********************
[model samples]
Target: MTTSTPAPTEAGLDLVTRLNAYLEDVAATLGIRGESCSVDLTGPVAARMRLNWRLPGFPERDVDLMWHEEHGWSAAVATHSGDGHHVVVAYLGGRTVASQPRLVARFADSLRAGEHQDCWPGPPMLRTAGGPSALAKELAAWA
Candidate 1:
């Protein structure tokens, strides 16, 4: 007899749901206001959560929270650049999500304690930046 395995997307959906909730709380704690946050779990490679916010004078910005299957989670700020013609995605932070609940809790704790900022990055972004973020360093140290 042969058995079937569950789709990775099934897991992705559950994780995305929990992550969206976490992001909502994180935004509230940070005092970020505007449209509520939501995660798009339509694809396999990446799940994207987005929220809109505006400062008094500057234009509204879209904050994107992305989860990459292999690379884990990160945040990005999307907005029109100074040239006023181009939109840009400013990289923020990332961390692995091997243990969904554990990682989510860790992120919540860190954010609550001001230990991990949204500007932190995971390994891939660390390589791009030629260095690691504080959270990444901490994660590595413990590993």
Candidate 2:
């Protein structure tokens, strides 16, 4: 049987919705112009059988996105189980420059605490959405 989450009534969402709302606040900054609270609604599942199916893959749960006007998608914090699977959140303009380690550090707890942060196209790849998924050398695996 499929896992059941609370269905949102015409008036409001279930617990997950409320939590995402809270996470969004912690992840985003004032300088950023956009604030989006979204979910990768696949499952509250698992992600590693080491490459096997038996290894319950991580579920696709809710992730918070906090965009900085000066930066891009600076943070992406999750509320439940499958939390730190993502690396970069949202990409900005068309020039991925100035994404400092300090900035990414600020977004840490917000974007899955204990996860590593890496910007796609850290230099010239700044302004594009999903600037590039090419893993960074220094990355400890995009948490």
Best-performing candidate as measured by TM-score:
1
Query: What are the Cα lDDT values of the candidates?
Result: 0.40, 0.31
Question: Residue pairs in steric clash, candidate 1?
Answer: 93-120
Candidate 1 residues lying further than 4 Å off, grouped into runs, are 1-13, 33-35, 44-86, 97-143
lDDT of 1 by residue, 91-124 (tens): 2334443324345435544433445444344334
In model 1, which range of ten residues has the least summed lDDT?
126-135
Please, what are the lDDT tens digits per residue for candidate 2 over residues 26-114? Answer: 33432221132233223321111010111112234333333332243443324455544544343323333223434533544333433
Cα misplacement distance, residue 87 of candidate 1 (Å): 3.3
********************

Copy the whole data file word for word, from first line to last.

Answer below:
[model samples]
Target: MTTSTPAPTEAGLDLVTRLNAYLEDVAATLGIRGESCSVDLTGPVAARMRLNWRLPGFPERDVDLMWHEEHGWSAAVATHSGDGHHVVVAYLGGRTVASQPRLVARFADSLRAGEHQDCWPGPPMLRTAGGPSALAKELAAWA
Candidate 1:
């Protein structure tokens, strides 16, 4: 007899749901206001959560929270650049999500304690930046 395995997307959906909730709380704690946050779990490679916010004078910005299957989670700020013609995605932070609940809790704790900022990055972004973020360093140290 042969058995079937569950789709990775099934897991992705559950994780995305929990992550969206976490992001909502994180935004509230940070005092970020505007449209509520939501995660798009339509694809396999990446799940994207987005929220809109505006400062008094500057234009509204879209904050994107992305989860990459292999690379884990990160945040990005999307907005029109100074040239006023181009939109840009400013990289923020990332961390692995091997243990969904554990990682989510860790992120919540860190954010609550001001230990991990949204500007932190995971390994891939660390390589791009030629260095690691504080959270990444901490994660590595413990590993």
Candidate 2:
């Protein structure tokens, strides 16, 4: 049987919705112009059988996105189980420059605490959405 989450009534969402709302606040900054609270609604599942199916893959749960006007998608914090699977959140303009380690550090707890942060196209790849998924050398695996 499929896992059941609370269905949102015409008036409001279930617990997950409320939590995402809270996470969004912690992840985003004032300088950023956009604030989006979204979910990768696949499952509250698992992600590693080491490459096997038996290894319950991580579920696709809710992730918070906090965009900085000066930066891009600076943070992406999750509320439940499958939390730190993502690396970069949202990409900005068309020039991925100035994404400092300090900035990414600020977004840490917000974007899955204990996860590593890496910007796609850290230099010239700044302004594009999903600037590039090419893993960074220094990355400890995009948490």
Best-performing candidate as measured by TM-score:
1
Query: What are the Cα lDDT values of the candidates?
Result: 0.40, 0.31
Question: Residue pairs in steric clash, candidate 1?
Answer: 93-120
Candidate 1 residues lying further than 4 Å off, grouped into runs, are 1-13, 33-35, 44-86, 97-143
lDDT of 1 by residue, 91-124 (tens): 2334443324345435544433445444344334
In model 1, which range of ten residues has the least summed lDDT?
126-135
Please, what are the lDDT tens digits per residue for candidate 2 over residues 26-114? Answer: 33432221132233223321111010111112234333333332243443324455544544343323333223434533544333433
Cα misplacement distance, residue 87 of candidate 1 (Å): 3.3